BREAKING: Rumble files defamation suit against co-founders of watchdog group Check My Ads

"When anti-free speech zealots, whose self-declared mission is to shut Rumble down, lie to inflict intentional economic harm on our company, we have no choice but to hold them accountable."

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Hannah Nightingale Washington DC
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On Wednesday, Rumble filed a federal defamation lawsuit in Florida against the co-founders of Check My Ads, Nandini Jammi and Claire Atkin.

The lawsuit also lists as defendants John Doe 1 through 10, "who helped prepare and publish the defamatory information on their website," Rumble wrote in a press release.

Check My Ads is a "tax-exempt corporation that routinely targets news outlets and platforms that do not adhere to their political worldview."

"As an unapologetically free-speech platform, Rumble’s mission is to provide all content creators and users a place to speak, listen, and debate freely, regardless of their political perspective. When anti-free speech zealots, whose self-declared mission is to shut Rumble down, lie to inflict intentional economic harm on our company, we have no choice but to hold them accountable," said Rumble Chairman and CEO Chris Pavlovski.

"Defamation is not free speech.  We have filed this lawsuit because we have a responsibility to our shareholders, creators, users, and advertisers to act, and not sit idly by, when someone attacks our company’s reputation solely to silence differing political views.  Our mission requires it."

The lawsuit alleges that Jammi and Atkin accused Rumble of lying to its shareholders as well as the Securities and Exchange Commission about the company’s financial health and the source of the company’s revenue.

"Defendants have repeatedly peddled the false narrative that Rumble is primarily monetized by and wholly dependent upon revenue from Google Ads, when in reality, Google Ads now represents less than 1% of the Company’s revenue," the suit states. 

"This narrative is particularly damaging to Rumble.  The notion that Rumble is heavily dependent on ad revenue from Google is wholly inconsistent with Rumble’s publicly stated mission to be free from the political and economic pressures of Big Tech.  And it is equally damaging to Rumble because it falsely attributes a material and existential financial risk to the Company that Defendants’ stated mission to eliminate Rumble’s Google Ad revenue will cause Rumble’s financial collapse."

The lawsuit also notes that the defendants had known their claim about Rumble’s reliance on Google Ad revenue was false, and the defendants refused to issue a correction when Rumble demanded that they retract the false statements.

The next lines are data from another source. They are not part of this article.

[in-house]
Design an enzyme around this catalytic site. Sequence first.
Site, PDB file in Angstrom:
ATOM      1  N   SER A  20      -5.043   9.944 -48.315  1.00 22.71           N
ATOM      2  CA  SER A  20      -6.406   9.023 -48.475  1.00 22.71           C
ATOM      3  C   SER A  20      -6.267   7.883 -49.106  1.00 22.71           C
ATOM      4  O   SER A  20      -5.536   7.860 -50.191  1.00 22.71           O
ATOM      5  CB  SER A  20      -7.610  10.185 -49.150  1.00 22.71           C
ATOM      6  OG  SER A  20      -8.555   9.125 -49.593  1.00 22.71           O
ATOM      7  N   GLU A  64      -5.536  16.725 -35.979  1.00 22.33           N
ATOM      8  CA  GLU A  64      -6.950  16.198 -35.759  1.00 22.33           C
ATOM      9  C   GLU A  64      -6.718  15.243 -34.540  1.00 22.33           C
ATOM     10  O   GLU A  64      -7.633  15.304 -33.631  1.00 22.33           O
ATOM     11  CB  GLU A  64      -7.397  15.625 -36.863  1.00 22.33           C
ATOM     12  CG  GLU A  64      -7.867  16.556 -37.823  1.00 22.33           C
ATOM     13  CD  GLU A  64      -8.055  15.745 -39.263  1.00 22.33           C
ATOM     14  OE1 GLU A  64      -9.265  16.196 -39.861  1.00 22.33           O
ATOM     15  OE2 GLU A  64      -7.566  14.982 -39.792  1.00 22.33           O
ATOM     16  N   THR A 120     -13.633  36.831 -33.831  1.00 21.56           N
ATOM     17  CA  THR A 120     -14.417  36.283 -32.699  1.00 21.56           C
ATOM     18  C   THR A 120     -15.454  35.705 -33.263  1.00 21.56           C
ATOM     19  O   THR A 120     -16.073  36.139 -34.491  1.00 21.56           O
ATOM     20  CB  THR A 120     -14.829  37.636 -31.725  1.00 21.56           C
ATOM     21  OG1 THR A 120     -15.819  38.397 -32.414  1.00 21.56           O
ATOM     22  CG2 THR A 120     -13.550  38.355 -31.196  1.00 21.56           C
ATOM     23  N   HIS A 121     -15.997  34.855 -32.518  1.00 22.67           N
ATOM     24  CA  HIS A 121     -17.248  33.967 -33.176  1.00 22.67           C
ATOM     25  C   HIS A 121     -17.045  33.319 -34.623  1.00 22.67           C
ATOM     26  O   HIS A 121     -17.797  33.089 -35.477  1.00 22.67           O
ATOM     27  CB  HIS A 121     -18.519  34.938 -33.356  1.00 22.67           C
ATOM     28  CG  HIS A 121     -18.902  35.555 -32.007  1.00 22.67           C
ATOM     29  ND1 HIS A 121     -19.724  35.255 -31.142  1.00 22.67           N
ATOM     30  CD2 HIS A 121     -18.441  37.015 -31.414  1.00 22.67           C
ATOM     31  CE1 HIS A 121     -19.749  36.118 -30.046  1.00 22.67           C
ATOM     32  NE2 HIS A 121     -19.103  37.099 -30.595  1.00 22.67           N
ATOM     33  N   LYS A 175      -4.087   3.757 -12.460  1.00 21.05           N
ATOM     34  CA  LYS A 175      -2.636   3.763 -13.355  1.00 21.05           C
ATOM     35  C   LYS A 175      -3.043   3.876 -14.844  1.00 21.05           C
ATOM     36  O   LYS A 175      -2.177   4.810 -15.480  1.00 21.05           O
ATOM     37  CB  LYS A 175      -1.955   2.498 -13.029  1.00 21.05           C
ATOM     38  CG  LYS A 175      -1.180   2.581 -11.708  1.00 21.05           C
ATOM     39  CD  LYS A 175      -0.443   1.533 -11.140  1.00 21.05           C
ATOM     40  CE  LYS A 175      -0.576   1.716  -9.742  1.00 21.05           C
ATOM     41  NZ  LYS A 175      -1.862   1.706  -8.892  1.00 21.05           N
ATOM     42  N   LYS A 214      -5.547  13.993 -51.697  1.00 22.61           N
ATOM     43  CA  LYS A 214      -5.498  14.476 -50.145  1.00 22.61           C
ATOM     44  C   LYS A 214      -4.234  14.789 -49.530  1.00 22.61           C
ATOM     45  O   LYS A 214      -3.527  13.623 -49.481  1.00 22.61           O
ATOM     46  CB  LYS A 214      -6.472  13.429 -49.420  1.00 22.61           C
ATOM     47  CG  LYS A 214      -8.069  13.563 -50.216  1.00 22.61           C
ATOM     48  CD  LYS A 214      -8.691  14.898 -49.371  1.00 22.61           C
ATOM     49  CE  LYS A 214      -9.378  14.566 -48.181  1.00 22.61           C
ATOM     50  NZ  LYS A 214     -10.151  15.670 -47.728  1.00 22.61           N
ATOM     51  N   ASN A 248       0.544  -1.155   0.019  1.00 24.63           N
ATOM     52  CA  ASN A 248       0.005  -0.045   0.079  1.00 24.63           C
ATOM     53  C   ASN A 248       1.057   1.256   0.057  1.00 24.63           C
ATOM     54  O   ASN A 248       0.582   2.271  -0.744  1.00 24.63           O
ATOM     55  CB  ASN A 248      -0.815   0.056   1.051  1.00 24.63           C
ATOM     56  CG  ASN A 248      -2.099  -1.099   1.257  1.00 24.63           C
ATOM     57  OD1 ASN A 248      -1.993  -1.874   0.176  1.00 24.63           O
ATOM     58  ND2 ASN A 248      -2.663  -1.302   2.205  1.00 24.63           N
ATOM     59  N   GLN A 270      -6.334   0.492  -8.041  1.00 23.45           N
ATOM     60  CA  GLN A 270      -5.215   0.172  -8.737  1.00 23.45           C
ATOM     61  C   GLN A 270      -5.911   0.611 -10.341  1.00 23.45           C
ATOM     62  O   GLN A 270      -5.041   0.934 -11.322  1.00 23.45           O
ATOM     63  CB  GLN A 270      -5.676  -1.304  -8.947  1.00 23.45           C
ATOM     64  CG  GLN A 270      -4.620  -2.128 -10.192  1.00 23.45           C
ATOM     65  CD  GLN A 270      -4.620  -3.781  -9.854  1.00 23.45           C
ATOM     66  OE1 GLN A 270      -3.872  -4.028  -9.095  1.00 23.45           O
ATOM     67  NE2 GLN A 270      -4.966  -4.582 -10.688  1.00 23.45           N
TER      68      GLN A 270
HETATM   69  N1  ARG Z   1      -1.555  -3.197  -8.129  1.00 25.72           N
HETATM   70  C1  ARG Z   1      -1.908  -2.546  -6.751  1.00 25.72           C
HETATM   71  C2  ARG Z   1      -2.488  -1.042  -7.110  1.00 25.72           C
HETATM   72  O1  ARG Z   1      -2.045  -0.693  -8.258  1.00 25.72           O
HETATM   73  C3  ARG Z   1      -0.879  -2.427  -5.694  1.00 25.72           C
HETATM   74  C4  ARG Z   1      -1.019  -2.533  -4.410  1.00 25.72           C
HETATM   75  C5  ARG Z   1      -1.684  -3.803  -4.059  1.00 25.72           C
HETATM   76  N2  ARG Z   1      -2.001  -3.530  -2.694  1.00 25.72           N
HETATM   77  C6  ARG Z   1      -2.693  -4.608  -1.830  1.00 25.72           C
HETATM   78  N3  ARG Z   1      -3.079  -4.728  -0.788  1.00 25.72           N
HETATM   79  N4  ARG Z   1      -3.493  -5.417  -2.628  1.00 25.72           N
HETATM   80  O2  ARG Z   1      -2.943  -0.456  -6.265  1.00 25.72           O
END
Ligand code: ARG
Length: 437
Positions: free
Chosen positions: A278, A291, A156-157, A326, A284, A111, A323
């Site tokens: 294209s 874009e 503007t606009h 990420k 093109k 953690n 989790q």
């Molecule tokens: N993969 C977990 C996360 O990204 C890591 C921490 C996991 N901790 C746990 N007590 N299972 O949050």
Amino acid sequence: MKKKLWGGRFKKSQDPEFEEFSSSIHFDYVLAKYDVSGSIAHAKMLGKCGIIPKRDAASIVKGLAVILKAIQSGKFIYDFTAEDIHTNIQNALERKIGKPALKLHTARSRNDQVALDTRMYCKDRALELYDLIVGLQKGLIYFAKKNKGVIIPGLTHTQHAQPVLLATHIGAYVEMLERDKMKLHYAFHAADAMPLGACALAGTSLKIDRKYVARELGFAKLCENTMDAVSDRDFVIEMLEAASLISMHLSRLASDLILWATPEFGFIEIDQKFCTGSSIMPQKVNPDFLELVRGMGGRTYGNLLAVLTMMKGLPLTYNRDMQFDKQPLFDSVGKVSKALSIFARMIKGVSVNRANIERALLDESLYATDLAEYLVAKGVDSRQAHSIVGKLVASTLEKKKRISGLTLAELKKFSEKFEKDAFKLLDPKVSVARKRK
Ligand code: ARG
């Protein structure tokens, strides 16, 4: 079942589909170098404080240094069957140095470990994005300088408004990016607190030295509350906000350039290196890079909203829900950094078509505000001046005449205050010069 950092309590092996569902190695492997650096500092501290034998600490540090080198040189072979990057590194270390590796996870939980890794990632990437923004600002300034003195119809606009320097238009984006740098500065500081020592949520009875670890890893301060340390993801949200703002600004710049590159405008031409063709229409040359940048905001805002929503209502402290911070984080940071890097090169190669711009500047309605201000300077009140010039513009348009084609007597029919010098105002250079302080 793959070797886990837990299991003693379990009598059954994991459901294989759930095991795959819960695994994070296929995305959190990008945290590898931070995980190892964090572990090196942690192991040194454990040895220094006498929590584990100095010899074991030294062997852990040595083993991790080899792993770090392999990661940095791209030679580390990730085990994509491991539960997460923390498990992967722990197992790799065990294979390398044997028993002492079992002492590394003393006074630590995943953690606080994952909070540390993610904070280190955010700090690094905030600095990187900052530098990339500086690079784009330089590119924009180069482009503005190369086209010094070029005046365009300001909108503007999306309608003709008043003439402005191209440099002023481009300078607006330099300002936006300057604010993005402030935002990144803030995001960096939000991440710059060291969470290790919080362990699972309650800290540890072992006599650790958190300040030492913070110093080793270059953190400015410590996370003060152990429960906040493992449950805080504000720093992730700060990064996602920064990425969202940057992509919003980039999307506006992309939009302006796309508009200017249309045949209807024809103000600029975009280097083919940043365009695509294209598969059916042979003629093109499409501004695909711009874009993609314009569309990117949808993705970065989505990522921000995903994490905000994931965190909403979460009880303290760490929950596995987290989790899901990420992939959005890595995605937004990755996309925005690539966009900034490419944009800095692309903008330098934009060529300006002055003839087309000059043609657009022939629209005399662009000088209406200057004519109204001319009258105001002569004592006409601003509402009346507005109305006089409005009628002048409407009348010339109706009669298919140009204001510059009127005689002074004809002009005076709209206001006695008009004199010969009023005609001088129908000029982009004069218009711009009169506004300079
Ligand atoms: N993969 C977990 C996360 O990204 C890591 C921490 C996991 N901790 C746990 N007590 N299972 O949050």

Rumble is seeking damages as well as costs and fees associated with the case, and is urging the judge to prohibit the defendants from repeating false statements about the company.

"The irony is that the defendants piously claim to be in the business of protecting all of us from disinformation, but they are the ones lying to the public," Pavlovski said. "This lawsuit opens up another front in the ongoing war against censorship, much like X’s recently filed suit against Media Matters—another entity that tries to shut down dissent online—and Truth Social’s lawsuit against 20 media outlets. For those of us who value free expression and the free exchange of ideas, it is important to stand up to bullies—and people who lie and use intimidation tactics are most assuredly bullies, just as they are enemies of free speech."

Jammi, Rumble noted, has a record of launching "pressure campaigns against advertisers on other outlets" including Breitbart and Fox News, and has worked alongside the left-wing organization Media Matters to get advertisers to stop spending on conservative outlets.

In a post titled "8 Things To Know About Rumble, The Toxic Platform That Will Stream The GOP Debate" from October, Check My Ads claimed that the platform is "heavily monetized by Google Ads."

"Rumble loves to boast about being free from Big Tech. In reality, the business appears to be heavily dependent on Google Ads, by far its largest advertising partner — and advertisers often have no idea their ads are appearing there. Rumble is part of Google Video Partners, which means Google dumps inventory there that many advertisers assume is going to YouTube," they wrote.

The watchdog group also claimed that "violent conspiracy theories are free to spread on Rumble" and the platform "actively courts toxic creators," citing Joe Rogan being approached by the platform, and figures like Alex Jones, Steve Bannon, and Dan Bongino being hosted there.

This is a breaking story and will be updated.
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